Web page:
Does that make sense?

The numbers are speaking because a lot of devices on IoT are using IPV6 and we just don’t care about those devices, like my mobile phone that use IPV6 address when connected on LTE network. I just want connectivity, that’s all. Same for my VPS that use IPV6 too, it works, good ! I suppose that cases like that are the way to go. It’s just too complex if somebody is hosting an internal NTP server for the pool because IPV6 and NAT seems a PITA (for the moment).

Enough talk about that guys, I think there are enough arguments from each side. The project need good IPV6 servers and IPV4 servers. Time will write the rest of history…

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What about Android users? So you’re saying you don’t care about them when they’re on LTE?
I think this is rather unfair to them.

Maybe it’s a given for you and other folks, but again, is this designed for loading balance v4/v6 traffic? (see my previous comment)

For the record: I am not yet advocating full support for v6 given that the v4 and v6 resources are heterogeneous. I’m just trying to understand first the design choices.

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I said device, not user. And I’m talking about my situation. If my mobile phone has an IPV6 when connected to my mobile data network, why i would care about the type of ip addressing, I’m not remotely connecting to that device anyway. So my mobile phone has an IPV6 address, connecting to the pool with IPV6 and get time from a server talking IPV6 too ? Good job ! We are saving some IPV4 adresses. No problem here no ? Why arguing on that, everything is fine.

My internal network is IPV4 and I just can’t easily get time from the pool with IPV6 (bad exemple here as my ISP not giving me an IPV6 address anyway). So no problem here too … IPV6 is bad for internal network or NAT. And no I don’t see any case where my internal NAS will be IPV6 because I don’t need that. My ISP has to give me an IPV6 address and I will NAT to it.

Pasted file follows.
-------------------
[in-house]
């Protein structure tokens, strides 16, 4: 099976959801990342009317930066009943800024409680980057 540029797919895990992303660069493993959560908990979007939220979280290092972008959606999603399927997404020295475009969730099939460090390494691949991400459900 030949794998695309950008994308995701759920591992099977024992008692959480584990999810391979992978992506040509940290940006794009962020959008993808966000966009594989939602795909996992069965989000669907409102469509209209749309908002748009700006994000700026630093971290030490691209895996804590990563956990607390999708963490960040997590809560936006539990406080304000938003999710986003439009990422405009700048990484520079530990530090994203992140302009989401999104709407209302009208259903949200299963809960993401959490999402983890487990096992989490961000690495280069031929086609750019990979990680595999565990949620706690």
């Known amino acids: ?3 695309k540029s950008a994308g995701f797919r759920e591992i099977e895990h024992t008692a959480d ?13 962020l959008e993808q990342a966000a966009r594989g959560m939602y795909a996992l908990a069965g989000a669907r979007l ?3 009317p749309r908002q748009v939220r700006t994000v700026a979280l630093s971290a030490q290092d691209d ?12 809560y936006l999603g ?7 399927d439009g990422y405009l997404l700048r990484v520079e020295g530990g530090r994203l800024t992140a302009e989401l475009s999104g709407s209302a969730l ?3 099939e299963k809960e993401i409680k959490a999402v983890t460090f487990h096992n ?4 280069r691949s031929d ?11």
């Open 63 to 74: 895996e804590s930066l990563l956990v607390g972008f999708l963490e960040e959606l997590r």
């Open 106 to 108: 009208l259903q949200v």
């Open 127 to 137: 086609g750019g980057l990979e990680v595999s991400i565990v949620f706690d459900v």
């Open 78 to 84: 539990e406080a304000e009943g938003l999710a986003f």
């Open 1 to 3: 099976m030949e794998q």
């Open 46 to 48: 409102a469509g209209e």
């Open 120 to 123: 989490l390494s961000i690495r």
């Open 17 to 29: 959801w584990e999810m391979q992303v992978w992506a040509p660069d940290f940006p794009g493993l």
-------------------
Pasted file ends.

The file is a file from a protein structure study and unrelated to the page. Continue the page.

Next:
Topic : We must enable IPv6… do it. IPV4 must stay too (for the moment) that’s all.

@Bas your ignorance about IPv6 is not an excuse for us not to use-it. You can have your own opinions but the reality is that you are wayyy off of what the actual usage and use-case of IPv6 is. So please don’t continue with you anti-v6 bullshit and v4 ignorance on this thread and lets debate about the original question.

Personally I’m all for it. As for really good load-related question, we could “canary-release” the AAAA record starting with one continent (or country) first, and see how it goes ?


If we do not add IPv6 addresses to the names other than, the world will circumvent us. For example, on CentOS 8, in the file /etc/chrony.conf contains the following default entry:
pool iburst
(There isn’t 0, 1, entry there.)
The number 2 is not accidental, for the time being only that has IPv6 addresses.

If we add to IPv6 addresses, the usage of the IPv6 NTP servers will not double. The modern client systems configured like CentOS 8 will not increase their access over IPv6, since they are already fully doing it.


Sorry for my ignorance with the DNS / NTP / pool backend setup but the network guy in me try to understand.” is answering some AAAA records that are load-balancers, servers, something!. The fact that [0,1,3] is not doing the same is a question of performance to avoid an overload of the same bunch of “equipment” ? Is there an overload caused by the fact those servers answers IPV4 and IPV6 ?

One more observation: documentation suggests to use preferably. However, there is never an AAAA-record handed out in that case. So once we are happy and confident with AAAA’s on (and maybe at some point 0 and 1 as well), the next step would be to look at


Marco, don’t you get it? Nobody uses IPv6 on purpose, all systems are reachable via both.
As such IPv6 and IPv4 are the same and this will not change.
There is also no need to change as almost everybody uses NAT/PAT for their private network.
The problem of exhausting IP’s has long been solved.
As more and more companies release reserved IP4-ranges, the need for IPv6 will become absolete.

World IPv6 Day was announced on January 12, 2011, we are 10 years further, it has not been adopted.
Ergo it will never be adopted and probably replaced in the near future.

If the majority of people reject something, you can push all you like, it will not be the dominant system.

Look at VHS, Betamax and V2000… :slight_smile: